What are Friction Blisters?
Friction blisters are fluid-filled bumps that look like bubbles on the skin. Blisters often develop on high-friction parts of the foot that rub against the inside of shoes or boots. Blisters form as the result of heat from shearing forces within the skin that cause cellular distortion and eventual cell death of the middle layers of skin.
The extent of skin shear resulting in blister formation is influenced by a number of factors such as fitment of footwear, fabric of socks and liners, moisture levels, and breathability of footwear.
Signs & Symptoms
Friction blisters begin as tenderness or sensitivity at high-friction points of skin such as the heel and sides of the foot. As friction continues, the skin becomes inflamed and eventually develops a pustule (blister).
First-Aid for Blisters
- A small, unbroken blister about the size of a pea, even a blood blister, will usually heal on its own. Use a loose bandage to protect it. Avoid the activity that caused the blister.
- If a small blister is on a weight-bearing area like the bottom of the foot, protect it with a doughnut-shaped moleskin pad. Leave the area over the blister open.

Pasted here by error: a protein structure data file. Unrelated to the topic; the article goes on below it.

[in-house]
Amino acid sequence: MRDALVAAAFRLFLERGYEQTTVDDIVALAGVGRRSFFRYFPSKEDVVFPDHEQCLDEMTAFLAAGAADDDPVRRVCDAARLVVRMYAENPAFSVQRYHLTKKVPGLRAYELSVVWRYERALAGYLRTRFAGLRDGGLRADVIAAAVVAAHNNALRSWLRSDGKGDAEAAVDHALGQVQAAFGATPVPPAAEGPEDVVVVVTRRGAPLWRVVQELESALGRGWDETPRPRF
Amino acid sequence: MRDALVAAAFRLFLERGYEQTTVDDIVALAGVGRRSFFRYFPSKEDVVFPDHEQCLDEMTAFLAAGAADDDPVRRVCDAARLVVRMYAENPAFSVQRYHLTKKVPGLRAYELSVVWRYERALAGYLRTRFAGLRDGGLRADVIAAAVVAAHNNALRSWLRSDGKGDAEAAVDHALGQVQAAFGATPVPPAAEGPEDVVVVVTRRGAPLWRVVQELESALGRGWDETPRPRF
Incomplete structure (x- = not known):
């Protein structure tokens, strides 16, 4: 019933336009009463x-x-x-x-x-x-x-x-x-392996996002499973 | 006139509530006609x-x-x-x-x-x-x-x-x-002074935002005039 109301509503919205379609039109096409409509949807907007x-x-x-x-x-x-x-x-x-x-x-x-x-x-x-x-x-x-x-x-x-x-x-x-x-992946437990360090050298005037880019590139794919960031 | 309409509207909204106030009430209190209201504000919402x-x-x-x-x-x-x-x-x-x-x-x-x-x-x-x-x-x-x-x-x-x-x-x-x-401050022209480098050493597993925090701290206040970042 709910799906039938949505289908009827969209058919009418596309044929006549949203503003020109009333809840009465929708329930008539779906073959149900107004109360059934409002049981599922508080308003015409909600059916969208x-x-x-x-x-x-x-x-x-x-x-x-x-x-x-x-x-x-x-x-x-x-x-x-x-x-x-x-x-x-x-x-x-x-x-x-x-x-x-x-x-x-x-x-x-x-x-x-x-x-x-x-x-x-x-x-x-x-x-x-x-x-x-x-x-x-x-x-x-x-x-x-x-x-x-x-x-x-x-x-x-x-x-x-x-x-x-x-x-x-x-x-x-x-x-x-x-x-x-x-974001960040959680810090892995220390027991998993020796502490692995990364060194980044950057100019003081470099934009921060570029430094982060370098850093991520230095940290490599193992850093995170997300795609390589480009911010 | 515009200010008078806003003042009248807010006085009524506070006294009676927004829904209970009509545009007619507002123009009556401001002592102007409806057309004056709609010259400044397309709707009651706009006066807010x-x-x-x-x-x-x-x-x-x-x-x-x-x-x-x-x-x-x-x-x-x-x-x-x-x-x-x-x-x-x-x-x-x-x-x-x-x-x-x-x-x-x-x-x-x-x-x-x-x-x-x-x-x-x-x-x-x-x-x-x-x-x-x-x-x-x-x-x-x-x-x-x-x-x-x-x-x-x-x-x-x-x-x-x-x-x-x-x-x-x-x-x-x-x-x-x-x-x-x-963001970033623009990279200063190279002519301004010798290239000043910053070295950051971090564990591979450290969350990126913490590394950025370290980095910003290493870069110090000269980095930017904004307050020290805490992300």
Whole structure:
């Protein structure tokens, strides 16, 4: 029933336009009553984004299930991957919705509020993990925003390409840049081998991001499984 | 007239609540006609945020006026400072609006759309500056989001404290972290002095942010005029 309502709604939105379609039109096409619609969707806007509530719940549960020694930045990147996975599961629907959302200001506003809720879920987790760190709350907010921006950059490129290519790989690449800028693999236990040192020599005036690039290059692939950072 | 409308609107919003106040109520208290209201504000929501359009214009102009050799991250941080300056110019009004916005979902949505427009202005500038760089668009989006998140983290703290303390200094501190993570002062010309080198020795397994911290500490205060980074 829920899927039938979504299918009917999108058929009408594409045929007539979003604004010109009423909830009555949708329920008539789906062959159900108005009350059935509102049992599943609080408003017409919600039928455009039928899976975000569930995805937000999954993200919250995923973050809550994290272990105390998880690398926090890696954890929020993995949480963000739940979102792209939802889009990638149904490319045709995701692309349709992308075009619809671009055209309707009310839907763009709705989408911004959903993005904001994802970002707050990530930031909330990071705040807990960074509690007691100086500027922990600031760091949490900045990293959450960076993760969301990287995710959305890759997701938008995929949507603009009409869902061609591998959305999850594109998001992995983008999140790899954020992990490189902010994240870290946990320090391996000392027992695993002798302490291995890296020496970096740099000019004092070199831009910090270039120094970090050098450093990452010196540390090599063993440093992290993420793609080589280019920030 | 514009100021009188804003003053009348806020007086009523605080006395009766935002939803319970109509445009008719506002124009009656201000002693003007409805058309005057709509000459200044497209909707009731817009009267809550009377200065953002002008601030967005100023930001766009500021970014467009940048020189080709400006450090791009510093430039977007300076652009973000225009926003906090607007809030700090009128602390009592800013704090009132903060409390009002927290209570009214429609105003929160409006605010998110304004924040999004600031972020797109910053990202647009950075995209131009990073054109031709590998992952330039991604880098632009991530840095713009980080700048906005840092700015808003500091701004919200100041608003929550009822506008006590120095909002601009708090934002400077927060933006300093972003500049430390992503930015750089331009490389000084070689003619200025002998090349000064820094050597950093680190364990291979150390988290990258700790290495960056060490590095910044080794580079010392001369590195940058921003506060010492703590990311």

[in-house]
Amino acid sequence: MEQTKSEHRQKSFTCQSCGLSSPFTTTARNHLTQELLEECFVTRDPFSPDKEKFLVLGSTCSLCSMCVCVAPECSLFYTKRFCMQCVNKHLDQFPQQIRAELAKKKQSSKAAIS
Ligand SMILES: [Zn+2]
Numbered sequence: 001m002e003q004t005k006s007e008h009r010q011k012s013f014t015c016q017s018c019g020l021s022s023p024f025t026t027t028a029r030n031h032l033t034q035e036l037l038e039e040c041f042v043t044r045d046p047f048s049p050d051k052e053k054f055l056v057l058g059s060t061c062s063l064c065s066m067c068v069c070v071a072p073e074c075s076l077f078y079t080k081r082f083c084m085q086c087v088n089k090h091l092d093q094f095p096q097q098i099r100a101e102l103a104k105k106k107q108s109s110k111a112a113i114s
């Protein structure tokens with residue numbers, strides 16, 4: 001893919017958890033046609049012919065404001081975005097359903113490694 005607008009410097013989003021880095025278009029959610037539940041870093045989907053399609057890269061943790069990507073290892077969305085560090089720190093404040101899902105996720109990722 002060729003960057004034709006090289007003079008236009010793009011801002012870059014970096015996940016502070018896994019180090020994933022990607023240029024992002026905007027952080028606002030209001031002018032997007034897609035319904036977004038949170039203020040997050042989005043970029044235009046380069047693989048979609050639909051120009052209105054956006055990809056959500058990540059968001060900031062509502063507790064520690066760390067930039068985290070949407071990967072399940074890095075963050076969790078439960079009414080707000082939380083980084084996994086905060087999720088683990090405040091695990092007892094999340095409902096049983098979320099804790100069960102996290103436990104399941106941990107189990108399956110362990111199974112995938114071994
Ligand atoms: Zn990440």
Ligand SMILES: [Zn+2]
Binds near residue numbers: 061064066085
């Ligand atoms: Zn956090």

- If a blister is large and painful or inhibits movement, it may be best to drain it. A safe method is to:
- Wipe a needle or straight pin with rubbing alcohol or heat it with a flame.
- Gently puncture the edge of the blister.
- Press the fluid in the blister toward the hole so it can drain out.
- If a person has a condition such as diabetes, HIV, cancer, or heart disease, you do not want to drain a blister because of the risk for infection.
- After draining a blister, or if it has torn open:
- Gently wash the area with clean water. Do not use alcohol, iodine, or any other cleanser.
- Don't remove the flap of skin over a blister unless it's very dirty or torn or there is pus under it. Gently smooth the flap over the tender skin.
- Apply a thin layer of petroleum jelly, such as Vaseline®, and a non-stick bandage.
- Change the bandage once a day or anytime it gets wet or dirty. Remove it at night to let the area dry.
Watch for a skin infection while the blister is healing. Signs of infection include:
- Increased pain, swelling, redness, or warmth around the blister.
- Red streaks extending away from the blister.
- Pus draining from the blister.
Preventing Friction Blisters
Don't wear cotton socks during physical activity. Wear moisture-wicking socks made of synthetic material or wool to allow sweat and moisture to dissipate.
Proper-fitting footwear that has been broken in and taping / patching high-friction areas of the foot have been shown to decrease incidence of foot blisters1.
Blister Care. HealthLink BC.
1 M. D. Hoffman. Etiological Foundation for Practical Strategies to Prevent Exercise-Related Foot Blisters. [Review]. 2016. Current Sports Medicine Reports. 15(5):330-5.